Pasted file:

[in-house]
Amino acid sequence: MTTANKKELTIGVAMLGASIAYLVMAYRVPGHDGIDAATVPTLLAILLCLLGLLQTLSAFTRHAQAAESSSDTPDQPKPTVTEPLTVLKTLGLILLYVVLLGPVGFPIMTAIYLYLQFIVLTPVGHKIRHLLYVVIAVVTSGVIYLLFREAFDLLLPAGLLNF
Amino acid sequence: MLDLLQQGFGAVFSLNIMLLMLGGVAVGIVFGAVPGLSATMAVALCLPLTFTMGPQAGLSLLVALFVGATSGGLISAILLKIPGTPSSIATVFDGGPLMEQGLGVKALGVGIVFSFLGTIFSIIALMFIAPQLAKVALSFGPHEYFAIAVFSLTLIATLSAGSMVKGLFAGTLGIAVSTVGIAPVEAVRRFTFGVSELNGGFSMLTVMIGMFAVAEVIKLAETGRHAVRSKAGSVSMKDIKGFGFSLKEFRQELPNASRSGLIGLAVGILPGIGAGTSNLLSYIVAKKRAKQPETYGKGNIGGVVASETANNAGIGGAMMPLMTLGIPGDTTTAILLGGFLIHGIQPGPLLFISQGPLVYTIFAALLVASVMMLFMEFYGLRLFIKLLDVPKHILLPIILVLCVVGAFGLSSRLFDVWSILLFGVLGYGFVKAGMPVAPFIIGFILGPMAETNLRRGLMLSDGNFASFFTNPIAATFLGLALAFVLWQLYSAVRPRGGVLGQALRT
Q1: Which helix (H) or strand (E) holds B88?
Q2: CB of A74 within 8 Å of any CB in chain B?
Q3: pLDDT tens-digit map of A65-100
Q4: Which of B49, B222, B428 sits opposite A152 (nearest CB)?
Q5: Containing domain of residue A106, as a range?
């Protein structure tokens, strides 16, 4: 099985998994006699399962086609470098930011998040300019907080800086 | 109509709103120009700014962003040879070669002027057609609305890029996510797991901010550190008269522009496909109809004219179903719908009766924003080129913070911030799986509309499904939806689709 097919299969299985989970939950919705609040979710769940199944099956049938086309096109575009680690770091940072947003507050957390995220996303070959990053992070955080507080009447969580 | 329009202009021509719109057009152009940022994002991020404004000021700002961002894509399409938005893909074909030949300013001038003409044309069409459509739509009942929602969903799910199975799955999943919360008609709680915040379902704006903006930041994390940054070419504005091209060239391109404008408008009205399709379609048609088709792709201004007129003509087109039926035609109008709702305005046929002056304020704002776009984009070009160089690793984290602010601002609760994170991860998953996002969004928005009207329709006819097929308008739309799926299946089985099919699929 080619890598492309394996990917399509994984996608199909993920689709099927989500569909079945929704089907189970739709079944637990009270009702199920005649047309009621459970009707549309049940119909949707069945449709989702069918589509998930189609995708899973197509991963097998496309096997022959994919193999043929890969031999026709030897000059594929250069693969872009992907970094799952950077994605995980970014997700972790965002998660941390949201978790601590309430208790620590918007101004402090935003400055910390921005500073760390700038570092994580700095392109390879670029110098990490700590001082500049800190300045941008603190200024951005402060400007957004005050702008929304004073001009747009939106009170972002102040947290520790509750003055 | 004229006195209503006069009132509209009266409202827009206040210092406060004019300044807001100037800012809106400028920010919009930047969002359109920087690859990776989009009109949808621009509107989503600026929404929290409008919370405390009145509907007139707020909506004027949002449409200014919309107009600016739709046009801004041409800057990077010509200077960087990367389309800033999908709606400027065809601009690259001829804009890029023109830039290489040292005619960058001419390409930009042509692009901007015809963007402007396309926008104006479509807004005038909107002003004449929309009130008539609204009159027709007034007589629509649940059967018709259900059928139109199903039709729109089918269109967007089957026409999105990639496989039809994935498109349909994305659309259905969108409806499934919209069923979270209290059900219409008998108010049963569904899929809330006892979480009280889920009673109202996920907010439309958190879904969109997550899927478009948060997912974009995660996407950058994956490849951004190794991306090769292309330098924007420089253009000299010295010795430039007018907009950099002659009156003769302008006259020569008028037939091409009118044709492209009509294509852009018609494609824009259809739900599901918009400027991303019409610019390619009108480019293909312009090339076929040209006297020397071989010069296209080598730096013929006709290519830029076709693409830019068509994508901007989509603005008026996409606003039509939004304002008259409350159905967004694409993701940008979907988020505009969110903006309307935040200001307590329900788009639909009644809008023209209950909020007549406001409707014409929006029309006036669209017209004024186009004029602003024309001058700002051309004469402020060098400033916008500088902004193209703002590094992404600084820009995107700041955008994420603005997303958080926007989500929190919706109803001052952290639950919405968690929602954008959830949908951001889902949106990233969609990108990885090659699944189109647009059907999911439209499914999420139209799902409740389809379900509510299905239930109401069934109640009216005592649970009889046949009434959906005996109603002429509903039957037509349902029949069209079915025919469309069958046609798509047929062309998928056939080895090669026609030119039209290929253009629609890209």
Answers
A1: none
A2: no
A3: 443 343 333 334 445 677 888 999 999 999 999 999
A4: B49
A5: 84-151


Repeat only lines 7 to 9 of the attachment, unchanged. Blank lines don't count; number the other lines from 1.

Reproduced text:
Q4: Which of B49, B222, B428 sits opposite A152 (nearest CB)?
Q5: Containing domain of residue A106, as a range?
């Protein structure tokens, strides 16, 4: 099985998994006699399962086609470098930011998040300019907080800086 | 109509709103120009700014962003040879070669002027057609609305890029996510797991901010550190008269522009496909109809004219179903719908009766924003080129913070911030799986509309499904939806689709 097919299969299985989970939950919705609040979710769940199944099956049938086309096109575009680690770091940072947003507050957390995220996303070959990053992070955080507080009447969580 | 329009202009021509719109057009152009940022994002991020404004000021700002961002894509399409938005893909074909030949300013001038003409044309069409459509739509009942929602969903799910199975799955999943919360008609709680915040379902704006903006930041994390940054070419504005091209060239391109404008408008009205399709379609048609088709792709201004007129003509087109039926035609109008709702305005046929002056304020704002776009984009070009160089690793984290602010601002609760994170991860998953996002969004928005009207329709006819097929308008739309799926299946089985099919699929 080619890598492309394996990917399509994984996608199909993920689709099927989500569909079945929704089907189970739709079944637990009270009702199920005649047309009621459970009707549309049940119909949707069945449709989702069918589509998930189609995708899973197509991963097998496309096997022959994919193999043929890969031999026709030897000059594929250069693969872009992907970094799952950077994605995980970014997700972790965002998660941390949201978790601590309430208790620590918007101004402090935003400055910390921005500073760390700038570092994580700095392109390879670029110098990490700590001082500049800190300045941008603190200024951005402060400007957004005050702008929304004073001009747009939106009170972002102040947290520790509750003055 | 004229006195209503006069009132509209009266409202827009206040210092406060004019300044807001100037800012809106400028920010919009930047969002359109920087690859990776989009009109949808621009509107989503600026929404929290409008919370405390009145509907007139707020909506004027949002449409200014919309107009600016739709046009801004041409800057990077010509200077960087990367389309800033999908709606400027065809601009690259001829804009890029023109830039290489040292005619960058001419390409930009042509692009901007015809963007402007396309926008104006479509807004005038909107002003004449929309009130008539609204009159027709007034007589629509649940059967018709259900059928139109199903039709729109089918269109967007089957026409999105990639496989039809994935498109349909994305659309259905969108409806499934919209069923979270209290059900219409008998108010049963569904899929809330006892979480009280889920009673109202996920907010439309958190879904969109997550899927478009948060997912974009995660996407950058994956490849951004190794991306090769292309330098924007420089253009000299010295010795430039007018907009950099002659009156003769302008006259020569008028037939091409009118044709492209009509294509852009018609494609824009259809739900599901918009400027991303019409610019390619009108480019293909312009090339076929040209006297020397071989010069296209080598730096013929006709290519830029076709693409830019068509994508901007989509603005008026996409606003039509939004304002008259409350159905967004694409993701940008979907988020505009969110903006309307935040200001307590329900788009639909009644809008023209209950909020007549406001409707014409929006029309006036669209017209004024186009004029602003024309001058700002051309004469402020060098400033916008500088902004193209703002590094992404600084820009995107700041955008994420603005997303958080926007989500929190919706109803001052952290639950919405968690929602954008959830949908951001889902949106990233969609990108990885090659699944189109647009059907999911439209499914999420139209799902409740389809379900509510299905239930109401069934109640009216005592649970009889046949009434959906005996109603002429509903039957037509349902029949069209079915025919469309069958046609798509047929062309998928056939080895090669026609030119039209290929253009629609890209």